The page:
Island Dish – Lamb and Eggplant Stew

by Christopher Compton –

The days are getting shorter and it’s finally the time of year where you can enjoy warm soups and stews. This recipe is inspired by my old chef Castro Boateng and a dish he would make. A warm pot of stew cooking slowly, and filling your house with a tantalizing scent, is one of life’s great pleasures. The combination of ginger, tomatoes and peanut butter may sound a little strange, but it’s a classic West African flavour combination, and creates a rich and pleasantly spiced dish. It’s best served with rice and a salad. One of the ingredients, called Shito, is a Ghanian smoked shrimp and chili paste. It can be hard to find and is totally optional, but it adds a touch more spice and some subtle smokiness to the dish. You can find it at African or some Caribbean markets or order online. Enjoy the colder weather with a rich and satisfying dish like this!

1 small onion
6 cloves of garlic
½ cup chopped ginger
796ml can of roasted tomatoes

1 large onion 2 Japanese eggplant
1 kg lamb shoulder 4 cloves garlic

2 cardamom pods 1 cinnamon stick
2 bay leaves 1 cup peanut butter
½ cup chicken stock 1 habanero pepper
1 tbsp shito (optional)

Preheat oven to 300°F. Get a large oven safe pot such as a Dutch oven and begin to slowly preheat on your stove top.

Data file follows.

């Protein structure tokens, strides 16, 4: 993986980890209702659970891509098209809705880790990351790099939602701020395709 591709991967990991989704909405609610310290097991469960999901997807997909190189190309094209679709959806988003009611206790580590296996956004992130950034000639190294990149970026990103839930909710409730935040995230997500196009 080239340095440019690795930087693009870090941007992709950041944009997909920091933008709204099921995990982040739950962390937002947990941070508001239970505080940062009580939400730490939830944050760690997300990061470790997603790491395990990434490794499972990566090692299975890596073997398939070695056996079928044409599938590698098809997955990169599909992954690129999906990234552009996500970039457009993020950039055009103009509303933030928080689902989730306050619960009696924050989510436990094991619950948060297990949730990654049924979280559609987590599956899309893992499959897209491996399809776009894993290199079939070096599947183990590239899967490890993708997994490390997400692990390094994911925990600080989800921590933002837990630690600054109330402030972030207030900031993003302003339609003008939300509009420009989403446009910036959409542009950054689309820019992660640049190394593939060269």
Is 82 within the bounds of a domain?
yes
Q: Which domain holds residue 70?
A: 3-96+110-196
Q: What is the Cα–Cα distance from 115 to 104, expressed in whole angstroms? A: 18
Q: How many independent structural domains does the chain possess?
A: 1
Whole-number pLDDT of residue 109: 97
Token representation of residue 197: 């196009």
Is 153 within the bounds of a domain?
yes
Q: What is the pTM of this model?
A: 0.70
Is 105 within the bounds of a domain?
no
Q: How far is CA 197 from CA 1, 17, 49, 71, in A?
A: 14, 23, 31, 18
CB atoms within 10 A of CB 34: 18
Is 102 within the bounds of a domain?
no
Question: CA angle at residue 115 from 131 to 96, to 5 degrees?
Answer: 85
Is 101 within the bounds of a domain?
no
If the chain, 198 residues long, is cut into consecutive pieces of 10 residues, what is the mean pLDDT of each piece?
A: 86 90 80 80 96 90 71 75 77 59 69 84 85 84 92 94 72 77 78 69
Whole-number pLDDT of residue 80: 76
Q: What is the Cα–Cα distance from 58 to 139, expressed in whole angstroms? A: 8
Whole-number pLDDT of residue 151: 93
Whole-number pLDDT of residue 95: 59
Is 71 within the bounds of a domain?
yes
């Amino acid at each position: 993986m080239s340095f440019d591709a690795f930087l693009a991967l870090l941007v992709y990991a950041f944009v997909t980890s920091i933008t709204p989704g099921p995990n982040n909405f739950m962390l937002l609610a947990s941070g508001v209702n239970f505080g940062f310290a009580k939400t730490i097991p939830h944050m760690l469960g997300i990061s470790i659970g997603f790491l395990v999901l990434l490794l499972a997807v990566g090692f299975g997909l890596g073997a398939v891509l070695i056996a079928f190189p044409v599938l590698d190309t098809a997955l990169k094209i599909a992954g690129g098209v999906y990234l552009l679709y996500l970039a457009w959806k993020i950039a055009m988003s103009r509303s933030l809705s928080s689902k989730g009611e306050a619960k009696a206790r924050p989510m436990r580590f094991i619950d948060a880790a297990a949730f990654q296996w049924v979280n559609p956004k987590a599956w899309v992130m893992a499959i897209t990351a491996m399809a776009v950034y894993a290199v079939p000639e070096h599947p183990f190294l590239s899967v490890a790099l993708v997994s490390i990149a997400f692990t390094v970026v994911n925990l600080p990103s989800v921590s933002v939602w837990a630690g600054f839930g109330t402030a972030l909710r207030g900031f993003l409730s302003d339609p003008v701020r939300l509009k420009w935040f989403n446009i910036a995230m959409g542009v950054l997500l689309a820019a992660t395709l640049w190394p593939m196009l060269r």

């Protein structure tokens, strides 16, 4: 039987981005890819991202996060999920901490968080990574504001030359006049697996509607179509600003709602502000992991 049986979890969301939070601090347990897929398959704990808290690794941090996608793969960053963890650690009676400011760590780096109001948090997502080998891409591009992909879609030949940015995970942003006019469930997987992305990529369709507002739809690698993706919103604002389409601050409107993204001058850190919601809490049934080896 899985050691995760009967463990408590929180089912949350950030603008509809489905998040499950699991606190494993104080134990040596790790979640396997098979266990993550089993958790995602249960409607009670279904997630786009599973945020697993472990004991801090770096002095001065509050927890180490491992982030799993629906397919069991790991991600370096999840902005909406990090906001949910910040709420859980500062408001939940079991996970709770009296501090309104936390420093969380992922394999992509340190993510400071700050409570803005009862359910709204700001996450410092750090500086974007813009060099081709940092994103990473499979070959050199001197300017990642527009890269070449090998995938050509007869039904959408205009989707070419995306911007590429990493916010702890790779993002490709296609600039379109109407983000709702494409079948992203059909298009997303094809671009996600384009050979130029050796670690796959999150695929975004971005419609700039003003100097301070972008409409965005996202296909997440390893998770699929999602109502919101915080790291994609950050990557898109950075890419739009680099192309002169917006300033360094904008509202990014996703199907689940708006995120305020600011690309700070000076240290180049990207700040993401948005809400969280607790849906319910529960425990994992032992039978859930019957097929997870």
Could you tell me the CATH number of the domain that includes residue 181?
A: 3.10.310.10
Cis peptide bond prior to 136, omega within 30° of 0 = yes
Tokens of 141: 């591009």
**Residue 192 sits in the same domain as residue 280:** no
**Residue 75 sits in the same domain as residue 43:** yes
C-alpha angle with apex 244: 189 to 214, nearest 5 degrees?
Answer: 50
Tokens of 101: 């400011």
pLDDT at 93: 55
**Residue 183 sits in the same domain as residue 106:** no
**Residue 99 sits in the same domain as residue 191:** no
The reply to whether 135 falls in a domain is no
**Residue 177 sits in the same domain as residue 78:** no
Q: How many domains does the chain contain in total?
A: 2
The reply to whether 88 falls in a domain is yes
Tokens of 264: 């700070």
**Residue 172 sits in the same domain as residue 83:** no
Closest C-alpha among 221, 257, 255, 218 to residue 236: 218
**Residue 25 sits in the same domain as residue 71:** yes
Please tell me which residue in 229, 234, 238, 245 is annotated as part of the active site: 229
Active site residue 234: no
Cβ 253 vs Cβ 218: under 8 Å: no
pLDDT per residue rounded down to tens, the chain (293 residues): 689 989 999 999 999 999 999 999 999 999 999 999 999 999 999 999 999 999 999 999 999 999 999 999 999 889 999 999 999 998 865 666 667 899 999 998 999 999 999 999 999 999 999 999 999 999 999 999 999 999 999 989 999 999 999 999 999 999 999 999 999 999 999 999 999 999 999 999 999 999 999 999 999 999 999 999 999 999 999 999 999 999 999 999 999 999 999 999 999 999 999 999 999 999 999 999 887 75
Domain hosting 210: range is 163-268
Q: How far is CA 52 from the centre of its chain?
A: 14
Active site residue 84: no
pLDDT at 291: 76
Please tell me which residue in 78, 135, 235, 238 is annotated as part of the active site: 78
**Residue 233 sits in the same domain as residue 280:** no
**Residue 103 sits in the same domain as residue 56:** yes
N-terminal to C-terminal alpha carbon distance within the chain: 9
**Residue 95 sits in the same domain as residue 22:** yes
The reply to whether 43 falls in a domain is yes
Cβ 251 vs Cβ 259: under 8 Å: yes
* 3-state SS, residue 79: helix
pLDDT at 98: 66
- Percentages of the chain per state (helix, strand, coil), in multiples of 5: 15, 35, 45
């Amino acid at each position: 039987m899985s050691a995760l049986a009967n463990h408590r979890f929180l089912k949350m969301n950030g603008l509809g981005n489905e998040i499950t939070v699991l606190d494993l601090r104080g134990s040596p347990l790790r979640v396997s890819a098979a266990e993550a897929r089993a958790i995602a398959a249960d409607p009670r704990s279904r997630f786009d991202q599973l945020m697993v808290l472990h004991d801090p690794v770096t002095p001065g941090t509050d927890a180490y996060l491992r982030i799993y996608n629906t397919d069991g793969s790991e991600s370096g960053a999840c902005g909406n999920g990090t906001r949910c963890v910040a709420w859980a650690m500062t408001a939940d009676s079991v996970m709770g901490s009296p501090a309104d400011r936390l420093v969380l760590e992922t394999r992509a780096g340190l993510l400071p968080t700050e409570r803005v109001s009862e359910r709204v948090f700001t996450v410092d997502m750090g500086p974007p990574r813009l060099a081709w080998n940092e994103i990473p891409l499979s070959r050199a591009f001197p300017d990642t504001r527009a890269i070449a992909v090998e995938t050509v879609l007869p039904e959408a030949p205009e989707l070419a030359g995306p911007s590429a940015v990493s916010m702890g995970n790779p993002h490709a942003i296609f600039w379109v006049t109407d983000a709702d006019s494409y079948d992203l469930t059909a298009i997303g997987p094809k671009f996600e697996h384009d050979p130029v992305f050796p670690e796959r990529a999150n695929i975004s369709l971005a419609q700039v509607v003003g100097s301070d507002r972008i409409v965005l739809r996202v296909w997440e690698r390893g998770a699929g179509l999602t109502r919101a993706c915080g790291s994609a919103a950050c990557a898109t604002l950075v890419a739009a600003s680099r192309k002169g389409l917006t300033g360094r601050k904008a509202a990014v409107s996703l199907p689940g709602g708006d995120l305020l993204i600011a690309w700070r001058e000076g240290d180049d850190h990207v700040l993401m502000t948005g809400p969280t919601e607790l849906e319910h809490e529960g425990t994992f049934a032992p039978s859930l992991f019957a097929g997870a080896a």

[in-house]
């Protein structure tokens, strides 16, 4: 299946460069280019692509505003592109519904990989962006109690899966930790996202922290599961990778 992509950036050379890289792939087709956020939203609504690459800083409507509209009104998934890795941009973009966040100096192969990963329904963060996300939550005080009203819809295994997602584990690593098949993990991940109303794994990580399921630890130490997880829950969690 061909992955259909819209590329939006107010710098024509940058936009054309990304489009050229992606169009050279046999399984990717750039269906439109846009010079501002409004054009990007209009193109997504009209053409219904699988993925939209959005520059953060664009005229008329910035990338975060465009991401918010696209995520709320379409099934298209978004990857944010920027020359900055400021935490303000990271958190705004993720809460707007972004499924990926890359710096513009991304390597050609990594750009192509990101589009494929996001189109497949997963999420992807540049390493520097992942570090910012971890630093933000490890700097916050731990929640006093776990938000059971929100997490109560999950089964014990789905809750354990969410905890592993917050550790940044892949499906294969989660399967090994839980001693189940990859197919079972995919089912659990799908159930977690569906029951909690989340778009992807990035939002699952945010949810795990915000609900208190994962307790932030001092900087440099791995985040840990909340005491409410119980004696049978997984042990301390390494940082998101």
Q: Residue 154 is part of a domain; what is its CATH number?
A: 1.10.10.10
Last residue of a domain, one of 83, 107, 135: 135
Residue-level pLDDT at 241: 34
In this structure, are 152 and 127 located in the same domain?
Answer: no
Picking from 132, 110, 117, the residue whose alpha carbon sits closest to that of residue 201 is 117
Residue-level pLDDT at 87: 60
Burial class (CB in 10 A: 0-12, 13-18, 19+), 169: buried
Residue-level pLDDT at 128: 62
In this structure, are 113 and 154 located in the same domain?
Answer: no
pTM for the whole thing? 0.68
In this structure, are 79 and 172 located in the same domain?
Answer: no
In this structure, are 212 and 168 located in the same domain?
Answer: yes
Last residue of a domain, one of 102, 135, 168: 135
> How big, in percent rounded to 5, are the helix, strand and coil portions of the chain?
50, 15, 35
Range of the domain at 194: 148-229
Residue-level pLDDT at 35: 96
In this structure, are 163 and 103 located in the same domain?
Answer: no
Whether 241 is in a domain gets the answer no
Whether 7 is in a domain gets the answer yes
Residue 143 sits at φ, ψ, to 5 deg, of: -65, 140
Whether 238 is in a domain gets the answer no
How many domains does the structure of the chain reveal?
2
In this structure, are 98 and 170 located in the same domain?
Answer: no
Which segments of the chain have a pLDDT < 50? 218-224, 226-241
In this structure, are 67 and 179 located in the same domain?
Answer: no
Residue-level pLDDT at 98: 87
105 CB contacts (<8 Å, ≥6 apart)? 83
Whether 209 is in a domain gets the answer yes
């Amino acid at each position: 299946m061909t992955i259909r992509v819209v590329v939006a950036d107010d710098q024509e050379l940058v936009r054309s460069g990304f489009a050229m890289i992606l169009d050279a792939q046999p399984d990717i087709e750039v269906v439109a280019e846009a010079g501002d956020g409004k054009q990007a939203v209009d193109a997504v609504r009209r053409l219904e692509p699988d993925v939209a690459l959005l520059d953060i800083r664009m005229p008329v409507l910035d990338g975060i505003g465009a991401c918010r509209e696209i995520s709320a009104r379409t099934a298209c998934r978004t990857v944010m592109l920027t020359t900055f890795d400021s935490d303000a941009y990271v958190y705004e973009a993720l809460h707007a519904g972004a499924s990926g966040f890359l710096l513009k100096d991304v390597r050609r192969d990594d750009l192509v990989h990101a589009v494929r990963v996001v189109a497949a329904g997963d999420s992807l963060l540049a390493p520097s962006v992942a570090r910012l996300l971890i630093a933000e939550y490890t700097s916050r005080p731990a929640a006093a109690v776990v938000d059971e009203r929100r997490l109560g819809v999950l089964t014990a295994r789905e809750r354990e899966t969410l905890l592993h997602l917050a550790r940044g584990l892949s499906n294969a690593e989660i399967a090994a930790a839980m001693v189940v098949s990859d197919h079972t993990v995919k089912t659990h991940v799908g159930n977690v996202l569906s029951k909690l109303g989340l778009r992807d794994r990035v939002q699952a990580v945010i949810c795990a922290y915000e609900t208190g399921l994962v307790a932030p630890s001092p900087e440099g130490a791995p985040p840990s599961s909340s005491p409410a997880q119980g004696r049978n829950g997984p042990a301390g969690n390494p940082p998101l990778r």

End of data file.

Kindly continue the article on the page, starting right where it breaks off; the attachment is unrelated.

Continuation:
Blend a small roughly chopped onion, garlic, ginger and roasted tomatoes until they are thoroughly combined. This will be the base for the stew.

Cut the onion into large chunks. Chop the eggplant into large pieces, sprinkle with salt and place in a bowl. Let this sit for about an hour; this will draw out moisture and make sure that after cooking the eggplant it will stay firm. Cut the lamb shoulder into approx. one-inch squares and season with salt and pepper. Crush the garlic with the side of your knife.

When your pan is hot and ingredients are ready, begin by adding some oil to the pan and start browning your lamb. You will want to do this in batches and when it has developed a deep brown colour set it aside, then repeat until all lamb has been seared. Add the onions to the pan and allow to sweat. Once the onions have taken some colour add the crushed garlic and spices.

Add the peanut butter and shito if using. Allow it to melt, stirring constantly to prevent burning, and cook for a minute. Add the tomato mixture; this will help deglaze the pan. Add the stock, stir and allow to come to a simmer. Add the lamb and stir so it is covered with the sauce. This is when you will add the habanero. I prefer to just leave the pepper whole so you barely get any of its heat, but you can slice the pepper up and the stew will be hotter. If you leave it whole you can pull the pepper out when the stew is at your favoured spice level.

Place the pot in the preheated oven and allow to cook, uncovered, for an hour. Putting the pot in the oven instead of allowing it to sit on the stove top will help create a gentle cooking environment and allow the sauce to gently reduce without scorching on the bottom. After an hour is up, place the eggplant in the pot and mix. Cook for another hour and a half. Check the stew for seasoning, the lamb should be tender and the eggplant should still have some bite to it. Enjoy!

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